For the first real article in this series, I will read and review perhaps the most influential piece of literature on the subject, On Killing: The Psychological Cost of Learning to Kill in War and Society by Dave Grossman. Dave Grossman has argued that violent video games train people to kill, and his influential book is perhaps the most cited piece on that subject.Of course, I will also look at sources that argue that violent video games can have a positive effect, or have no effect on a person’s psyche. Grossman’s influential book seemed like the natural starting point.

That’s it for today. I hope you guys will join me on this journey. Please let me know your experiences with violent video games in the comments below.

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  1. Interesting idea for a series. As for my experiences with violent games, I’ve never owned a lot of violent games outside of standard FPSes (never actually played Mortal Kombat myself), which is furthered by my collection being largely made up of games for Nintendo systems, where violent games are less common. My parents weren’t too strict on the kind of games I could play, so I’ve played more violent and graphic games with friends, but rarely owned them myself due to relatively low interest. My parents paid attention to the ESRB ratings, but were loose with them, so I could buy T-rated games before I was 13 just fine, and could get M-rated games before 17 as long as I asked and they were alright with the content after briefly looking into it. I believe that violent games making people more aggressive is a myth, as the only effect I can see happening to someone is becoming more desensitized to particular forms of violence.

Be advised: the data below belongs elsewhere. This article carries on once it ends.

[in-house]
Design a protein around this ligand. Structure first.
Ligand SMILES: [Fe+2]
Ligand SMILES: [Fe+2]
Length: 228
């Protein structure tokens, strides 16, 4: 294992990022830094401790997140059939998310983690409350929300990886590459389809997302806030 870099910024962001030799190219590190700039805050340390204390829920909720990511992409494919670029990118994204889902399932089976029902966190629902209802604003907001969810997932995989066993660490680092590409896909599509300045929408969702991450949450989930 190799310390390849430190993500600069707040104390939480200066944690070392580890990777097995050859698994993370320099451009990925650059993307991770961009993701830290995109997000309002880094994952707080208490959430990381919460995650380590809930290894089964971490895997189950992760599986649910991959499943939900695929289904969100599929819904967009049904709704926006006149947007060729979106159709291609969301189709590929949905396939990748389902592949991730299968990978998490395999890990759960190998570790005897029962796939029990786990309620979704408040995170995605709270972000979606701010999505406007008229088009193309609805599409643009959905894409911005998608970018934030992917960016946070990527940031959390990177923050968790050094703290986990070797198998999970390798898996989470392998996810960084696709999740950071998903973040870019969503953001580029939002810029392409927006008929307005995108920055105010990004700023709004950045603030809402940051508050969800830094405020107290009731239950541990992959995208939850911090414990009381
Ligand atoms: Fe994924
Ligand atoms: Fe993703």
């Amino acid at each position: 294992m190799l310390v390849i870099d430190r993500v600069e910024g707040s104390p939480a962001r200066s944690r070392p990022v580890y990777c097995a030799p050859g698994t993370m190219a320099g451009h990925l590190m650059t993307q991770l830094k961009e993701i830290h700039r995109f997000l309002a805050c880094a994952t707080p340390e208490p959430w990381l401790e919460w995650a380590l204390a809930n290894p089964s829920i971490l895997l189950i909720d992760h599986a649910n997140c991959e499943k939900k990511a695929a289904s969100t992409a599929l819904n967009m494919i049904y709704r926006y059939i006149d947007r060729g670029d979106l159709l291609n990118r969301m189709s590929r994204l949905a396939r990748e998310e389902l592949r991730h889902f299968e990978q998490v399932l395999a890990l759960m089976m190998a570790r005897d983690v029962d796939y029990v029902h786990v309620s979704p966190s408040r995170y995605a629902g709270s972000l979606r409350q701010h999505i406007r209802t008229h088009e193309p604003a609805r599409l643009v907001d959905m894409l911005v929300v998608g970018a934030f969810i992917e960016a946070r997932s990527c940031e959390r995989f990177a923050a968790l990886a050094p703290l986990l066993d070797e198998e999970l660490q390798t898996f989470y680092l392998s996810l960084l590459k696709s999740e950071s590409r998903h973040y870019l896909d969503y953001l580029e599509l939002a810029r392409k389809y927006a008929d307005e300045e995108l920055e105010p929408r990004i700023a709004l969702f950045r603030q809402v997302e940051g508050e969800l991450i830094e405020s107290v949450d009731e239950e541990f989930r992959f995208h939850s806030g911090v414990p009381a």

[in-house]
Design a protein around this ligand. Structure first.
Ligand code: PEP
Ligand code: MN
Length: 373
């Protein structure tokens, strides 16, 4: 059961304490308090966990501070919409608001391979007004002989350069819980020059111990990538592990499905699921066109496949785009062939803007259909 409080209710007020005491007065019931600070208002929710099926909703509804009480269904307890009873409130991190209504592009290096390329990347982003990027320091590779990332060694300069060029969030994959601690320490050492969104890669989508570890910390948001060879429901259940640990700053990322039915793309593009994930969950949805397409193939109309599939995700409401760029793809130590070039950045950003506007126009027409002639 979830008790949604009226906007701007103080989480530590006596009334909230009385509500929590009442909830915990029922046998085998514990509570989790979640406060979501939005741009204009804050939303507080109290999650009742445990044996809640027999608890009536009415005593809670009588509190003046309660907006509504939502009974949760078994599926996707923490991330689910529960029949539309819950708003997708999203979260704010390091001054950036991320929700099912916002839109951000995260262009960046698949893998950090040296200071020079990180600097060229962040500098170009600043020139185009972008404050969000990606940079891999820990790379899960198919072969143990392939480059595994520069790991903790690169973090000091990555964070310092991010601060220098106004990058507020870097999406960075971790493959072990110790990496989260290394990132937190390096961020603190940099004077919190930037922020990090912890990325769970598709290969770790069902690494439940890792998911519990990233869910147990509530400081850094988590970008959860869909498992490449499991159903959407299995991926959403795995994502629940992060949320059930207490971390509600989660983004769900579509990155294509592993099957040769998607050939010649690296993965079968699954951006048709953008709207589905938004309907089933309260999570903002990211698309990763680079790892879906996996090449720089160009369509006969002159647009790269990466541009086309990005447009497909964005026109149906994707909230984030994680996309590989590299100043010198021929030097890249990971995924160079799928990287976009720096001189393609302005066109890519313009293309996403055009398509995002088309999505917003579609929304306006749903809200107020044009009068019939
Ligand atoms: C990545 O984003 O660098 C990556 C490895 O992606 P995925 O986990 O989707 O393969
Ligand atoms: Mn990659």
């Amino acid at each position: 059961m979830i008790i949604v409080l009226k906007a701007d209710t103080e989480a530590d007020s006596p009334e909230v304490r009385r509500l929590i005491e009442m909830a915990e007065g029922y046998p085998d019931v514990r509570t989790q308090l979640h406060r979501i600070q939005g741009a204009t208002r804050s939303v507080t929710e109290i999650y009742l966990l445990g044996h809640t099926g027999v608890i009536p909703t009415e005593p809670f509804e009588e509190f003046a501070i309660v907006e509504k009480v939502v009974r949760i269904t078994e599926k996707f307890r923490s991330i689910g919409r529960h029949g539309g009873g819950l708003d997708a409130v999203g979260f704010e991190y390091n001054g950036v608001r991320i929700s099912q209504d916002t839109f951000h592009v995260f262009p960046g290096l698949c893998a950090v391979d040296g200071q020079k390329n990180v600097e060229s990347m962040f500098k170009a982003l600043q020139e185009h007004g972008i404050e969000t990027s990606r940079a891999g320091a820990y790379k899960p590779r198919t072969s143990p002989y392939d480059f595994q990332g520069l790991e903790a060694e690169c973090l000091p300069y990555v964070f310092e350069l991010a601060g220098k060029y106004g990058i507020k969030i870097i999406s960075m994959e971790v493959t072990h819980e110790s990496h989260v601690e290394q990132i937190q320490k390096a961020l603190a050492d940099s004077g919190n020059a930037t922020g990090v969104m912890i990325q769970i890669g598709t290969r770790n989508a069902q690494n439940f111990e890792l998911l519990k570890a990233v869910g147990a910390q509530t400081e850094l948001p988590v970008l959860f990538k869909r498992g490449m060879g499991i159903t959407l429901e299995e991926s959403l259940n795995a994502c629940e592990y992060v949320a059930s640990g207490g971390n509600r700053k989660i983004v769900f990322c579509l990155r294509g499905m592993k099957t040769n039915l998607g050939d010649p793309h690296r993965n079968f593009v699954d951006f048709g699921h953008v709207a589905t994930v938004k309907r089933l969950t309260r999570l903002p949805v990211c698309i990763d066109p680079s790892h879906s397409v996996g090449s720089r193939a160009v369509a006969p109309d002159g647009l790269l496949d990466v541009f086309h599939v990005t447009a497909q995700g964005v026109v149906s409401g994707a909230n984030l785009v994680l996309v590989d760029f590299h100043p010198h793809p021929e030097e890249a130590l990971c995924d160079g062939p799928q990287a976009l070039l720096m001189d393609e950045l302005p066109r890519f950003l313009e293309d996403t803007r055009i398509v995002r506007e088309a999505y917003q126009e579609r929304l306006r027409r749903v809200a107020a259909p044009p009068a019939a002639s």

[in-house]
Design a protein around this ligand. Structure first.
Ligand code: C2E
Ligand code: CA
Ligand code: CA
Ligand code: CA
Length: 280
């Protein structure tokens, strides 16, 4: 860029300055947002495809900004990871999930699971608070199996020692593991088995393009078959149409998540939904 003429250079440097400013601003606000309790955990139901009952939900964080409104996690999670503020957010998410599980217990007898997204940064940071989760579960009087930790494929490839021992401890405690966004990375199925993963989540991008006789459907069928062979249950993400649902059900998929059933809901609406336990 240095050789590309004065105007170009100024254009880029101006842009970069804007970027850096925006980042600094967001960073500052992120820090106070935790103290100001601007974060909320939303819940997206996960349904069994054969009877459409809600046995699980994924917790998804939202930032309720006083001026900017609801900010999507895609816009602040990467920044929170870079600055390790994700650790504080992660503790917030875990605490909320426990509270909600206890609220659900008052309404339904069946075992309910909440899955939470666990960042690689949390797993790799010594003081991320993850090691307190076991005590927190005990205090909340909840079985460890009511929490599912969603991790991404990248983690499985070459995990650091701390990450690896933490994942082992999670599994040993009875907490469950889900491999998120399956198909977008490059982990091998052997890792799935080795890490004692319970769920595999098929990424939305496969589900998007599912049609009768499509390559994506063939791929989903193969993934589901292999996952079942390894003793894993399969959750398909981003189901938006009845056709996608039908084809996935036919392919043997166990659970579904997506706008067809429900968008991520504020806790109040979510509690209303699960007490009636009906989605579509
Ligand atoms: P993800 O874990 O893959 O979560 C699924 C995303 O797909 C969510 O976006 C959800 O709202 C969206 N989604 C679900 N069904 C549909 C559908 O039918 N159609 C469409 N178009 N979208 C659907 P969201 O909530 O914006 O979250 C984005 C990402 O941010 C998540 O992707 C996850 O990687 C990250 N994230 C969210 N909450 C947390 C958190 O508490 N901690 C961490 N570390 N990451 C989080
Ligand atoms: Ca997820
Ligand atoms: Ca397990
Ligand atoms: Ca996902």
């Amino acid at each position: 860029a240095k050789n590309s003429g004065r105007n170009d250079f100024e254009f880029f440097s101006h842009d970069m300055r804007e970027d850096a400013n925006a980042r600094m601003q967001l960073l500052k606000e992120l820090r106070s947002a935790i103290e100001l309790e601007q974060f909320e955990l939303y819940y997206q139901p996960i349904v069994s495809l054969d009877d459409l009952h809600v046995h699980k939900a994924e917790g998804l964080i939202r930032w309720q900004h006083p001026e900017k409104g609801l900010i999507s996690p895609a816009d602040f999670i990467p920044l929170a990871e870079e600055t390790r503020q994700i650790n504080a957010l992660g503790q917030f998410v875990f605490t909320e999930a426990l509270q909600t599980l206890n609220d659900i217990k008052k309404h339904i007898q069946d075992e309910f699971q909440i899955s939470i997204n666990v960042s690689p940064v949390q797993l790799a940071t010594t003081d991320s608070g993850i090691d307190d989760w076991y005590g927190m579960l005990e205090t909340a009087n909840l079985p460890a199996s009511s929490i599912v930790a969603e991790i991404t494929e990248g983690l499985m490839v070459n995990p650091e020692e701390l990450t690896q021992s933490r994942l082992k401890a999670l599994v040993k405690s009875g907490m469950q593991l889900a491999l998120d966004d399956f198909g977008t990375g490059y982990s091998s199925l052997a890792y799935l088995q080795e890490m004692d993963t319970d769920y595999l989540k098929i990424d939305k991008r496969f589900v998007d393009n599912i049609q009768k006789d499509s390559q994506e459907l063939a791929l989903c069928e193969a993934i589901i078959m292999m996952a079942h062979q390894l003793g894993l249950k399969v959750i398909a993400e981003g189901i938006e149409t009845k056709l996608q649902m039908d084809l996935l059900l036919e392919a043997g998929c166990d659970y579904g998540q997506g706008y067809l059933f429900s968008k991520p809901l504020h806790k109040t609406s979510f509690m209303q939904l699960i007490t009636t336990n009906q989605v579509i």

Nintendrone on September 17 |
  2. Well. In UK, The rating system was rather weird… But more on that later.

    Most of the games my parents got me pre-dated PEGI and most likey ELSPA and ESRB too. My parents usually got PC games which was usually very safe and usually vetted them before hand, such as Sim City 2000, Lemmings and a few Star Trek Tie ins. I was already in my teens when I got played Doom for a significant about of time, and then it was the Shareware demo, not the full games I only got in my Mid 20s. Most Cover disks that we got didn’t even have questionable content in their games.

    The PEGI rating that came in after FFX and Smash Melee, and happened to around the same time I starting to get in to Gaming, and at that time I was almost old enough to buy the games Rated 18. (PEGI and BBFC uses age Ratings)

    Alot the games I saw as a Kid so reflects on the types of games available as I was growing up, a large amount of them where indeed safe for Kids, but then it was SNES Era.